2014 – April

Last month I said March went by so fast, but March has nothing on April – probably because I was away for a week for the judges conference with my seven other judges to decide on the winners of the Australian Children’s Book Council Awards – 370 books we read (picture books through to young adult novels) and it took us several days to discuss, vote, write reports and generally work to whittle those 370 books down into shortlists, notables and winners!

The shortlists and notables were announced the next morning after our decision, so we were all still together packing up and getting a few media notes together. You can see the details here! Winners and Honour Books shall be announced on August 15th 2014.

CBCA  Logo Hi Res Children’s Book of the Year Awards 2014

During that time I also attended the Aurealis Awards night, as I was a judge and convener of the Fantasy Novel award – what a fantastic night, as it always is. The award for fantasy novel went to a self-published author, Mitchell Hogan. I highly recommend his book, A Crucible of Souls.

But onto the books I read during April. I managed to read 13 despite being busy, so I feel I can at least not feel guilty about how much I managed to read. 13 is okay.

Six Impossible Things

Six Impossible Things by Fiona Wood is set before ‘Wildlife’, but you can read the books utterly separate. Both books capture teenage life so well, and depict social pressures as well as dating, drinking and so on with perfect clarity, never seeming over dramatic or unrealistic. That said, I enjoyed Wildlife much more than this book, which is still pretty good.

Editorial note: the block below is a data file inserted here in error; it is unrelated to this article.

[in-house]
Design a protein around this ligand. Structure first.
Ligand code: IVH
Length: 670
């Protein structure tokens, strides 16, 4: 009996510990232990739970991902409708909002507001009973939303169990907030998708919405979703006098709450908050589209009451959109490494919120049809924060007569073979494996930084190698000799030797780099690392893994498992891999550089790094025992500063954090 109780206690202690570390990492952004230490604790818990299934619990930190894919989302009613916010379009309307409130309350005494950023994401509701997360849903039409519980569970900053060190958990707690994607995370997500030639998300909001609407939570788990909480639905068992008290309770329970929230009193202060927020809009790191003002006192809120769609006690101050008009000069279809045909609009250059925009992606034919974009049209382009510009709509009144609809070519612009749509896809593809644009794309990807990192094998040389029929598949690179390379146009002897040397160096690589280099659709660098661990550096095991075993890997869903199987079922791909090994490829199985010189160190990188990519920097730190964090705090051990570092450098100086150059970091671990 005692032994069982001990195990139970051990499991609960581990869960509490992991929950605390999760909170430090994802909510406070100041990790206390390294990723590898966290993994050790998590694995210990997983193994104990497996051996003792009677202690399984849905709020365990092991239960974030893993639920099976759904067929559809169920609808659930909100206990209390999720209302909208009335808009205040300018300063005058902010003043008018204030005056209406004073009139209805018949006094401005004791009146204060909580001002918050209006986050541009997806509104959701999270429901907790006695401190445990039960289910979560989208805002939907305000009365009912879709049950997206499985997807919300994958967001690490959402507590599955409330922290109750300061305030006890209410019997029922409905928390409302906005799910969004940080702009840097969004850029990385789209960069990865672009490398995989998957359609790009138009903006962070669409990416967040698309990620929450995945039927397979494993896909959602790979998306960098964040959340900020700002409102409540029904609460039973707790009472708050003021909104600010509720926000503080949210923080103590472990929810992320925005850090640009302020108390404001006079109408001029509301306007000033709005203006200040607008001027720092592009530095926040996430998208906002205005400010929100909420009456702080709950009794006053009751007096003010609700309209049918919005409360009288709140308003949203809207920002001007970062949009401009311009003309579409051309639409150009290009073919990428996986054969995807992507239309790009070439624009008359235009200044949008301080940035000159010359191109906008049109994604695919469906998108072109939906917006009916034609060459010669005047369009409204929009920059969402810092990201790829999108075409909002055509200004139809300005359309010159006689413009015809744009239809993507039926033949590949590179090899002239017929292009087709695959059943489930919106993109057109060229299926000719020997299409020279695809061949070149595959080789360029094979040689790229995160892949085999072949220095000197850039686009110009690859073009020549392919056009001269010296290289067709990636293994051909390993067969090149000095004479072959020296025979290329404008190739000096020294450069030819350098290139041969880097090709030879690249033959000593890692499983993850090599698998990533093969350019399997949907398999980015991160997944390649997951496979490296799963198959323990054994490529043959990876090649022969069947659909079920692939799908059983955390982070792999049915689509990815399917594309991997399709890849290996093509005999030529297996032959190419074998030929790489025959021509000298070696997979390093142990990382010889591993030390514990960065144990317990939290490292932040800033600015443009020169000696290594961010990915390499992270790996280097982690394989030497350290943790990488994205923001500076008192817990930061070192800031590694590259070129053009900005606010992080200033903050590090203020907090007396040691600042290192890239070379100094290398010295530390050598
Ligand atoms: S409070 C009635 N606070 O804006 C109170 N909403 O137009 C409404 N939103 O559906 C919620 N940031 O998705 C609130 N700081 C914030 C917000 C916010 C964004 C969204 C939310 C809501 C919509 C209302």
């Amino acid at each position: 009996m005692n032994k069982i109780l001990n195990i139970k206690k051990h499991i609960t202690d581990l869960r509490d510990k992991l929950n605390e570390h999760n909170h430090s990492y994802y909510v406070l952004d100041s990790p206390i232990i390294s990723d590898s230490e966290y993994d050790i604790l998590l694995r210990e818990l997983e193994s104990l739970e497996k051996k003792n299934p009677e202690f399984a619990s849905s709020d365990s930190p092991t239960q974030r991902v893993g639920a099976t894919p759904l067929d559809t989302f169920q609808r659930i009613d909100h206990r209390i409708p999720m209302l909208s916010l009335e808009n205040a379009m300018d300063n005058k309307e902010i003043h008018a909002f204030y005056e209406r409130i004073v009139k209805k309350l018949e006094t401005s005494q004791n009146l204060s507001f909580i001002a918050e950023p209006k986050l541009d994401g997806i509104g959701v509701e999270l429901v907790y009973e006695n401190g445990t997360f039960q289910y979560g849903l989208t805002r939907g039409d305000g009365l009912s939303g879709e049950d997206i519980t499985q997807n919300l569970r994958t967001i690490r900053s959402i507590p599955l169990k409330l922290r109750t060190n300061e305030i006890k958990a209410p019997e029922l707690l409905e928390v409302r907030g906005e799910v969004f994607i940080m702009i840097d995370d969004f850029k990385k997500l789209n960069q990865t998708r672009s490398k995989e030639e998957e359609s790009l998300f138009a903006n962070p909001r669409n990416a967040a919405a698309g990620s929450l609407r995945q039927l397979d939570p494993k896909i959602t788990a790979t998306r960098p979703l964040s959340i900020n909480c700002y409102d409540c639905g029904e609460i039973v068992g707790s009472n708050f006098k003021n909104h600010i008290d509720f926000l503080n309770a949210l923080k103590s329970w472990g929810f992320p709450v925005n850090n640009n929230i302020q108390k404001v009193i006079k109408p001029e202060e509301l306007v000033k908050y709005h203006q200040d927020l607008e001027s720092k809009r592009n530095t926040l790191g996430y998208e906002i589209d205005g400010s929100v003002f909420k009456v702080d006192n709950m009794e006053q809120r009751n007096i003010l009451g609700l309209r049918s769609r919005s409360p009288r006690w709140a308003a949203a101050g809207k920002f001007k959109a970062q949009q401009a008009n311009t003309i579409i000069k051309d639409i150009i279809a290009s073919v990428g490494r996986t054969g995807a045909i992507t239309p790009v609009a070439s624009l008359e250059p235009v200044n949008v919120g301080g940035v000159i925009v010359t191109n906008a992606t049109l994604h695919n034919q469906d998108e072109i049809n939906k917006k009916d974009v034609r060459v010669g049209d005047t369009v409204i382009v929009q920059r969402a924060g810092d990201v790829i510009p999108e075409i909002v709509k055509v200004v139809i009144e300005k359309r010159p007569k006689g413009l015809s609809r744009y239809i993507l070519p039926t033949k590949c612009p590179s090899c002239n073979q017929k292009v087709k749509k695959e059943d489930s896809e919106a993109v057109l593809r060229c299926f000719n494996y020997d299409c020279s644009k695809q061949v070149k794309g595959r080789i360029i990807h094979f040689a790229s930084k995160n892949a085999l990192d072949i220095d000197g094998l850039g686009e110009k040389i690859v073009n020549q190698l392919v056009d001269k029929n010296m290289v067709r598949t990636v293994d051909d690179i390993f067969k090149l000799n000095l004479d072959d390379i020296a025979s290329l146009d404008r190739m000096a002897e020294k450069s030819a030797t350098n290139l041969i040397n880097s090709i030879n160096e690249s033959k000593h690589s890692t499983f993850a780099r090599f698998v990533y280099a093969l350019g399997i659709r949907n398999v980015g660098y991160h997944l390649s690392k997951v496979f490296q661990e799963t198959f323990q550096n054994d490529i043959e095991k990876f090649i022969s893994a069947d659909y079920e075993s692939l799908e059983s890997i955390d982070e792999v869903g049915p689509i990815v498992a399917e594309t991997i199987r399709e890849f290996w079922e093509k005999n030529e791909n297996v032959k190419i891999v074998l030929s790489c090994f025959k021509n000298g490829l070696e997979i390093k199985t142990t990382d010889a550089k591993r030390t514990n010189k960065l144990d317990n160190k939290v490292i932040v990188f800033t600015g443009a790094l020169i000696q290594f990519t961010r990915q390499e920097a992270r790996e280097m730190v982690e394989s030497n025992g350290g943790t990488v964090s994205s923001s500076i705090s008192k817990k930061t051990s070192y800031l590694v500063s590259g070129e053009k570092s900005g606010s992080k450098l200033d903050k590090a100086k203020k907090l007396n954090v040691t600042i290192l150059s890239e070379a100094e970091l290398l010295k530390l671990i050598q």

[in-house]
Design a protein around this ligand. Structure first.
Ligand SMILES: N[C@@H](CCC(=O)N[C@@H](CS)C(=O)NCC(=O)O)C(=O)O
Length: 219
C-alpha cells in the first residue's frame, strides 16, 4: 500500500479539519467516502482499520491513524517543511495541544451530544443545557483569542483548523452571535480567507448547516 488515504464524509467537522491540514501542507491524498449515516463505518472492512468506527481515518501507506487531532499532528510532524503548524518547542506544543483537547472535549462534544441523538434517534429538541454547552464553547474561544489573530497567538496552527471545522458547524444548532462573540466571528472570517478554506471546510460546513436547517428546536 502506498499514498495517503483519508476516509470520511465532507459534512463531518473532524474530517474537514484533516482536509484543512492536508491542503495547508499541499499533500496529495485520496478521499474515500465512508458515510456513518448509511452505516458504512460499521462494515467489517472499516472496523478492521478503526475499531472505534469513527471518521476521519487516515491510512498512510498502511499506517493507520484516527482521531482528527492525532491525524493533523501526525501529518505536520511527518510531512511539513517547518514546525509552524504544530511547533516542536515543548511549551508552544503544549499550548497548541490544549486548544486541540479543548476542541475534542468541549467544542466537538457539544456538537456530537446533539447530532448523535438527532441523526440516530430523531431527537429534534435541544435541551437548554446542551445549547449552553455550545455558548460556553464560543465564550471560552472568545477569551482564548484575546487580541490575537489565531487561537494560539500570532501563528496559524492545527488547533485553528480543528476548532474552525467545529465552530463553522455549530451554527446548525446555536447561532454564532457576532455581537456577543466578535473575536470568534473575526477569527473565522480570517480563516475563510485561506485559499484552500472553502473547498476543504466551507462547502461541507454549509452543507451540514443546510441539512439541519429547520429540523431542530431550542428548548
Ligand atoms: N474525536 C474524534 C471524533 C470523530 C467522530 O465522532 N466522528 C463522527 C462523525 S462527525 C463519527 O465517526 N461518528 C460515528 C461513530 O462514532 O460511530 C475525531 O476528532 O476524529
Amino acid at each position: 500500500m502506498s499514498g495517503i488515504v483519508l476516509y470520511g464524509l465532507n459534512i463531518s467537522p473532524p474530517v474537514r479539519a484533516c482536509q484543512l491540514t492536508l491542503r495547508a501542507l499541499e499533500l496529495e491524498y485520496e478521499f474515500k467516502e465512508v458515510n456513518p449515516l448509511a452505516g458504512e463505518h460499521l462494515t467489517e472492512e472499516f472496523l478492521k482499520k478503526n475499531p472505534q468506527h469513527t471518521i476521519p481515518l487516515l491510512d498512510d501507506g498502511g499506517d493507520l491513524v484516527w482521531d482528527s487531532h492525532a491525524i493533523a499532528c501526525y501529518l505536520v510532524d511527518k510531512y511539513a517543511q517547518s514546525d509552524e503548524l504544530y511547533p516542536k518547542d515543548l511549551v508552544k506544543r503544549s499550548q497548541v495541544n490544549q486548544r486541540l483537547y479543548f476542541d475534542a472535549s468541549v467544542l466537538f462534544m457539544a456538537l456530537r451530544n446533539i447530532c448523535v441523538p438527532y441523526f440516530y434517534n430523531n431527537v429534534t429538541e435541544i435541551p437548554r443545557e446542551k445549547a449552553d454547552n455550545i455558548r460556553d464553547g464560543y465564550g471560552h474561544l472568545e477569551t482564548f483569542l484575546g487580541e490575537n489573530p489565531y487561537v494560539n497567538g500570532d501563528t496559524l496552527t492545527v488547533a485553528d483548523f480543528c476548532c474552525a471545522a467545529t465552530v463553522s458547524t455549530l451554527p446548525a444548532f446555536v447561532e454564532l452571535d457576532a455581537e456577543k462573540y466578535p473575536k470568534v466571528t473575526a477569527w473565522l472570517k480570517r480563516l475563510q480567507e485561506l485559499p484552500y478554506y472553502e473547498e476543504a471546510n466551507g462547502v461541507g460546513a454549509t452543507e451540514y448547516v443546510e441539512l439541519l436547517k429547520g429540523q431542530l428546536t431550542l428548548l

When We Wake (When We Wake, #1)

When We Wake (When We Wake #1) by Karen Healey is a book I bought as soon as we were released from our judges conference. What a fantastic book! Dystopian set in Melbourne, Australia. Excellent characters who have a wide range of believable skills, who you really come to care for. I read this book so damn fast because I just couldn’t put it down.

While We Run (When We Wake, #2)

While We Run (When We Wake #2) by Karen Healey is an excellent continuation, told from another character’s point of view, but not lacking in the slightest from this decision. Sometimes when a series does this you’re slow to move to the new character’s eyes, but here, I at least, fell directly into a comfortable reading position, unable to put it down. I can’t wait for the next one!

Debris (The Veiled Worlds, #1)

Debris (The Veiled Worlds #1) by Jo Anderton is a book I should have read in March for my genre challenge, but only managed to finish once I was home again. Jo is so lovely in person! I really enjoyed this once I got into it (by about 20%) and I can’t wait to get my hands on the next books. It’s really accessible science fiction, and has fantastic world and magic building within.

New Beginnings (Everyday Angel, #1)

 New Beginnings (Everyday Angel #1) by Victoria Schwab is aimed at middle grade, but I’ll read anything with Schwab’s name on it. This was nice and cute, taking difficult family issues and trying to make it a little easier to deal with. It’s also good to have a Spanish main character, and also deal with the stressors of a first day at a new school without making it laughably bad of everything that happens – it’s simply a normal day at a new school. Highly recommended for middle grade and Schwab fans.


Otherbound by Corinne Duyvis is a book I received to review, and I devoured it within two days. I was instantly hooked by the lines ‘Amara is never alone. Not when she’s protecting the cursed princess she unwillingly serves. She can’t be alone, because a boy from another world experiences all that alongside her, looking through her eyes.’ I wasn’t disappointed. Highly recommended, and for a debut novel, too!

Ophelia and the Marvelous Boy